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Avoiding the Curves: Direct Elicitation of Time Preferences

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  • Susan K. Laury
  • Melayne Morgan McInnes
  • J. Todd Swarthout
  • Erica Von Nessen

Abstract

We propose and test a new method for eliciting curvature-controlled discount rates that are invariant to the form of the utility function. The advantage of this method is that individual discount rates can be obtained without knowledge of risk attitude or parametric assumptions about the form of the utility function. We compare our single elicitation method that does not require estimation of the utility function to the Andersen et al. (2008) double elicitation technique in which the utility function and discount rates are jointly estimated. We use a laboratory experiment to perform a within-subjects comparison of discount rates from these two methods and find consistent results, which is reassuring given the wide range of estimates in the literature. In addition, the estimated discount rates in our study are "plausibly low" in contrast to the vast majority of other discount rate studies. Average discount rates are estimated to be between 12.2 and 14.1 percent. Our results are robust to relaxing the expected utility assumption of linearity in the probabilities, as we find little evidence of probability weighting in our data.

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File URL: http://excen.gsu.edu/workingpapers/GSU_EXCEN_WP_2011-01.pdf
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File URL: http://excen.gsu.edu/workingpapers/GSU_EXCEN_WP_2012-05.pdf
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Bibliographic Info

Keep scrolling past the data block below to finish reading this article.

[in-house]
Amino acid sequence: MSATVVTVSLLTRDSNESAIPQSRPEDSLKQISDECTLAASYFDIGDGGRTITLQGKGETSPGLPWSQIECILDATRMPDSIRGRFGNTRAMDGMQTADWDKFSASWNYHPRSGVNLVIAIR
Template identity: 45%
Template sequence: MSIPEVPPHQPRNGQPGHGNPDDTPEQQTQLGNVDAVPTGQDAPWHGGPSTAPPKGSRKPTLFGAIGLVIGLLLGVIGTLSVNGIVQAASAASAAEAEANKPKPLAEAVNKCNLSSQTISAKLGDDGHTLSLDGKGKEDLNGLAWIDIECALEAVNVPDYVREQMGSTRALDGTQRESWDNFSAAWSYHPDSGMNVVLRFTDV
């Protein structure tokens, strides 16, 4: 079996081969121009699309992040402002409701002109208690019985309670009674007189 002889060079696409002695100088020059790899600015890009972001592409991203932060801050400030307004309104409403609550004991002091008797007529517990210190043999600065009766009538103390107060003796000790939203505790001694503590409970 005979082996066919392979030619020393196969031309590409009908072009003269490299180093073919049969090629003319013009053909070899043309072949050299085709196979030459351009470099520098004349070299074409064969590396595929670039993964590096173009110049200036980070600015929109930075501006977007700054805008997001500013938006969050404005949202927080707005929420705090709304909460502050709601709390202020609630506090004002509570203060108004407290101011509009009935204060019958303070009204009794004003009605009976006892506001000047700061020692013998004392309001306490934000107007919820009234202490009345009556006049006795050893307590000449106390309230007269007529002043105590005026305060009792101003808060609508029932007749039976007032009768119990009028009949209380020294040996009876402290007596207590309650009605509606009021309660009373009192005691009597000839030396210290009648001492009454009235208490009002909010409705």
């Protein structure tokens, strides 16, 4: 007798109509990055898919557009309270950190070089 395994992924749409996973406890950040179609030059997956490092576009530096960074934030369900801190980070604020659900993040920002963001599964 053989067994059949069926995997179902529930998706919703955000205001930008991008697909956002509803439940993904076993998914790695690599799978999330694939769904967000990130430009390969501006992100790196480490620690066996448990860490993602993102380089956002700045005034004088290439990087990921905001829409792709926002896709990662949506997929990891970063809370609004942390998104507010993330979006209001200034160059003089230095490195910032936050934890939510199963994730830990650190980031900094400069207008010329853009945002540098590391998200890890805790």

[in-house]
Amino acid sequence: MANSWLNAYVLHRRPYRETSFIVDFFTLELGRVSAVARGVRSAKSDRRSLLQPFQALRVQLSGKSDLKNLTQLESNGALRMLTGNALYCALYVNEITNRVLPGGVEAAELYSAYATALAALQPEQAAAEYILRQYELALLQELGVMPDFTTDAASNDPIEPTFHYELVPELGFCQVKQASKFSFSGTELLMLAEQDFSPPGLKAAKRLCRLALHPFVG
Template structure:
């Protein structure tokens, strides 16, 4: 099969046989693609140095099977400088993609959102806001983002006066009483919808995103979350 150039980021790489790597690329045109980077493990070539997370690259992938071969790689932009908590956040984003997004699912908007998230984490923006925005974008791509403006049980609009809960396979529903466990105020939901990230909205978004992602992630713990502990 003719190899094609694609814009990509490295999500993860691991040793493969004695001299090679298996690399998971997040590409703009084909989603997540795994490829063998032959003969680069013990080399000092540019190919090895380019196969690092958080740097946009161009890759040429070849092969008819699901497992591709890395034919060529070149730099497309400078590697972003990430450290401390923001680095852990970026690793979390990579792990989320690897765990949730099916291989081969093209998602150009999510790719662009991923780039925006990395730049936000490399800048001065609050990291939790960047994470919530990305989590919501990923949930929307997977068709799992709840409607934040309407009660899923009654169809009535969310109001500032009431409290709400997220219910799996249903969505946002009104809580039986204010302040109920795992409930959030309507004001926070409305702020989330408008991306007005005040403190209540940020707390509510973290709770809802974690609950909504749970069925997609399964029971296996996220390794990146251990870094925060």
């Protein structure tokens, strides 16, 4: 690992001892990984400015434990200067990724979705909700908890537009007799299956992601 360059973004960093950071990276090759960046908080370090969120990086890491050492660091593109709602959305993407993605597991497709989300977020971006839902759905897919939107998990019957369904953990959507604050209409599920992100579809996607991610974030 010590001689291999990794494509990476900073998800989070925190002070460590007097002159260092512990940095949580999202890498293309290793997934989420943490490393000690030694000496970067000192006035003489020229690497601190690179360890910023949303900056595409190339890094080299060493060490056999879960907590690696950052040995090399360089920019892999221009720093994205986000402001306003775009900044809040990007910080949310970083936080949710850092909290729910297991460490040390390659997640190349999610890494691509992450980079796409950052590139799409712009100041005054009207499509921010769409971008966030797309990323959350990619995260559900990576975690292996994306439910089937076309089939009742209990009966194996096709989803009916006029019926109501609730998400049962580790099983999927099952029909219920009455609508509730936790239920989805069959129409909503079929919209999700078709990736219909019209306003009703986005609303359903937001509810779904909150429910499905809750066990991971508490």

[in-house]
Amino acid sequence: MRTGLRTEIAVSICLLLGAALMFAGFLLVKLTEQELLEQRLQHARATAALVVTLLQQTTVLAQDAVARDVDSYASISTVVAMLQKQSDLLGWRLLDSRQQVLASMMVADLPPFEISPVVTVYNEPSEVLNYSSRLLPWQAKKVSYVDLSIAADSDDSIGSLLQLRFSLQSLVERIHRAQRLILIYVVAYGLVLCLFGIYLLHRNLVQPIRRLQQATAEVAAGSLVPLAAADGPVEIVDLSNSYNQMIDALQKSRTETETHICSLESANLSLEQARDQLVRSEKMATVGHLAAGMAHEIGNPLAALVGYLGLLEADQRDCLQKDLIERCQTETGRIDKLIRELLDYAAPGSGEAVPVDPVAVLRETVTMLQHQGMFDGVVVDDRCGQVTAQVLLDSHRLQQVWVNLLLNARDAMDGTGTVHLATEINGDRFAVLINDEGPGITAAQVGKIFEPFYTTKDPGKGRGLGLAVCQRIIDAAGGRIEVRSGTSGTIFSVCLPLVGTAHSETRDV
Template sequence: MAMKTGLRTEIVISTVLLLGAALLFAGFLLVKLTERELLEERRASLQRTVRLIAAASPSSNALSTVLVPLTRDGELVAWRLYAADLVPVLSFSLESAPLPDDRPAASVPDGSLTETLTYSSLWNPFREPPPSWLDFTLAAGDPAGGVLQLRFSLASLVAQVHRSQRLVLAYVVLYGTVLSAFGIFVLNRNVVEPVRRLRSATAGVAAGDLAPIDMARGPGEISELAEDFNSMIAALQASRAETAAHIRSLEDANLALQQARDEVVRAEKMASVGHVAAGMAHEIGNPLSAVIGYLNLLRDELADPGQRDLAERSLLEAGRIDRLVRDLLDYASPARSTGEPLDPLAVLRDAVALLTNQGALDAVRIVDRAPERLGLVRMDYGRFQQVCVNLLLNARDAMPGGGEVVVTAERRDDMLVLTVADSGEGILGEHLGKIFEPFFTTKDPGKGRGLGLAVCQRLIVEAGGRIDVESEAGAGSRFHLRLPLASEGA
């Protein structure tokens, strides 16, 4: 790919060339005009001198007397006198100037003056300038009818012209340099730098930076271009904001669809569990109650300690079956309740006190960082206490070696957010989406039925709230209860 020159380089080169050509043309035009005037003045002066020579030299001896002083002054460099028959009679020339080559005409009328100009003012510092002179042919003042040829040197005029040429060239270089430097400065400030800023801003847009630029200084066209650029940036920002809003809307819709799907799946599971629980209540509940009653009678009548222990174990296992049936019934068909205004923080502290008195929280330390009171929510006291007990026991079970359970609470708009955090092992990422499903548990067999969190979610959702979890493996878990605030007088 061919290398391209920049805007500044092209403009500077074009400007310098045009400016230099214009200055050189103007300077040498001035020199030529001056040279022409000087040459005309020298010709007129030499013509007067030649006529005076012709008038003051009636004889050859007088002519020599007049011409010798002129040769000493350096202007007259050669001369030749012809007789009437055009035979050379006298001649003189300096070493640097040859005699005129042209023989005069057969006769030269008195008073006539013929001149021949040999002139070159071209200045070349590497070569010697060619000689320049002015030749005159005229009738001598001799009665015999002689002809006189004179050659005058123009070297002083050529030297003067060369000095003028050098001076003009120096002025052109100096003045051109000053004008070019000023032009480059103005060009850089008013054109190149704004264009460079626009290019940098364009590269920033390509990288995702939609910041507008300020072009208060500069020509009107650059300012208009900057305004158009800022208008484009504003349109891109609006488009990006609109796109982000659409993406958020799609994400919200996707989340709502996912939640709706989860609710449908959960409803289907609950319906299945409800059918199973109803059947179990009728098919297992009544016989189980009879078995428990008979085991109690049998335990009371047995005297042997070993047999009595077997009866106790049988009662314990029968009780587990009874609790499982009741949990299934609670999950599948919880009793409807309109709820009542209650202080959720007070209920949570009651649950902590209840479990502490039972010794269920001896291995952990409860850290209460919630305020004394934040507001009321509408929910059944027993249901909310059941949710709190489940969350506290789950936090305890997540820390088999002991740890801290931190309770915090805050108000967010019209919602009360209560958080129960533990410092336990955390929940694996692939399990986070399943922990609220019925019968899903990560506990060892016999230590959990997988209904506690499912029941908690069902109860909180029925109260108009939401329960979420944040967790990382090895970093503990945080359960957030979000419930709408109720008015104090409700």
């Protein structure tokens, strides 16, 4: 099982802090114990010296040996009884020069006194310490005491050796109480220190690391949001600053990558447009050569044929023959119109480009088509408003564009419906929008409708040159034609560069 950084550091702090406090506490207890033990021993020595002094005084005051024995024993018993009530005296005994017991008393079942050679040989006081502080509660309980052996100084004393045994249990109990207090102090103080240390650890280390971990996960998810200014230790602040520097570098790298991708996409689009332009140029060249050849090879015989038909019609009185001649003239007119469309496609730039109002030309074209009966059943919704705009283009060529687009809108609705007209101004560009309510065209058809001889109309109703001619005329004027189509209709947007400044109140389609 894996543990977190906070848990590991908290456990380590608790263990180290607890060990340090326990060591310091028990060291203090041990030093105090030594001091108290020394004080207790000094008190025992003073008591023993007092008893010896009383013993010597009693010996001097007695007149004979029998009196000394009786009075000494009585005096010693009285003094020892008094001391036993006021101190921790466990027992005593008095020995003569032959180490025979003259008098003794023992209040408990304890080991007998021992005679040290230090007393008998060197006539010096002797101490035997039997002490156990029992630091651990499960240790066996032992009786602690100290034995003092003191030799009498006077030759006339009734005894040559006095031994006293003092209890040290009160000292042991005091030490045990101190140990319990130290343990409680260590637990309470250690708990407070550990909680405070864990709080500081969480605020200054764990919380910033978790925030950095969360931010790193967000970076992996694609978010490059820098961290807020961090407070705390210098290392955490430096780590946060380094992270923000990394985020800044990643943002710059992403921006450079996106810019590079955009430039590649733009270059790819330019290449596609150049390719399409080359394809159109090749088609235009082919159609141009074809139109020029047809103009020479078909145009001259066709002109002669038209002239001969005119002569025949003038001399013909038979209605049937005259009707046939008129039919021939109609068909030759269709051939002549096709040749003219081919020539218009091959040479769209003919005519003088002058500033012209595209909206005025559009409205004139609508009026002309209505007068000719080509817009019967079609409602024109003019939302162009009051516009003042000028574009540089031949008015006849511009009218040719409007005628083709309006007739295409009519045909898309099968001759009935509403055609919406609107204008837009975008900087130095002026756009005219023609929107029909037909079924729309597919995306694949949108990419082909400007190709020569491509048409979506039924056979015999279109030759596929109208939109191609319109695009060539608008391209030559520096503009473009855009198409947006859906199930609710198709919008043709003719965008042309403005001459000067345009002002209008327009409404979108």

Paper provided by Experimental Economics Center, Andrew Young School of Policy Studies, Georgia State University in its series Experimental Economics Center Working Paper Series with number 2011-01.

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Length: 36
Date of creation: Jan 2011
Date of revision: Mar 2012
Handle: RePEc:exc:wpaper:2011-01

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  1. Keller, L Robin & Strazzera, Elisabetta, 2002. " Examining Predictive Accuracy Among Discounting Models," Journal of Risk and Uncertainty, Springer, vol. 24(2), pages 143-60, March.
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Citations

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Cited by:
  1. Blake, David & Wright, Douglas & Zhang, Yumeng, 2014. "Age-dependent investing: Optimal funding and investment strategies in defined contribution pension plans when members are rational life cycle financial planners," Journal of Economic Dynamics and Control, Elsevier, vol. 38(C), pages 105-124.
  2. Diego Ubfal, 2013. "How General Are Time Preferences? Eliciting Good-Specific Discount Rates," Working Papers 473, IGIER (Innocenzo Gasparini Institute for Economic Research), Bocconi University.
  3. Cheung, Stephen L., 2013. "On the Elicitation of Time Preference under Conditions of Risk," Working Papers 2013-15, University of Sydney, School of Economics.
  4. Howard, Gregory, 2013. "Discounting for personal and social payments: Patience for others, impatience for ourselves," Journal of Environmental Economics and Management, Elsevier, vol. 66(3), pages 583-597.
  5. Holden, Stein, 2014. "Explaining anomalies in intertemporal choice: A mental zooming theory," CLTS Working Papers 2/14, Centre for Land Tenure Studies, Norwegian University of Life Sciences.
  6. Holden, Stein, 2013. "High discount rates: - An artifact caused by poorly framed experiments or a result of people being poor and vulnerable?," CLTS Working Papers 8/13, Centre for Land Tenure Studies, Norwegian University of Life Sciences.
  7. Mohammed Abdellaoui & Han Bleichrodt & Olivier l’Haridon, 2013. "Sign-dependence in intertemporal choice," Journal of Risk and Uncertainty, Springer, vol. 47(3), pages 225-253, December.

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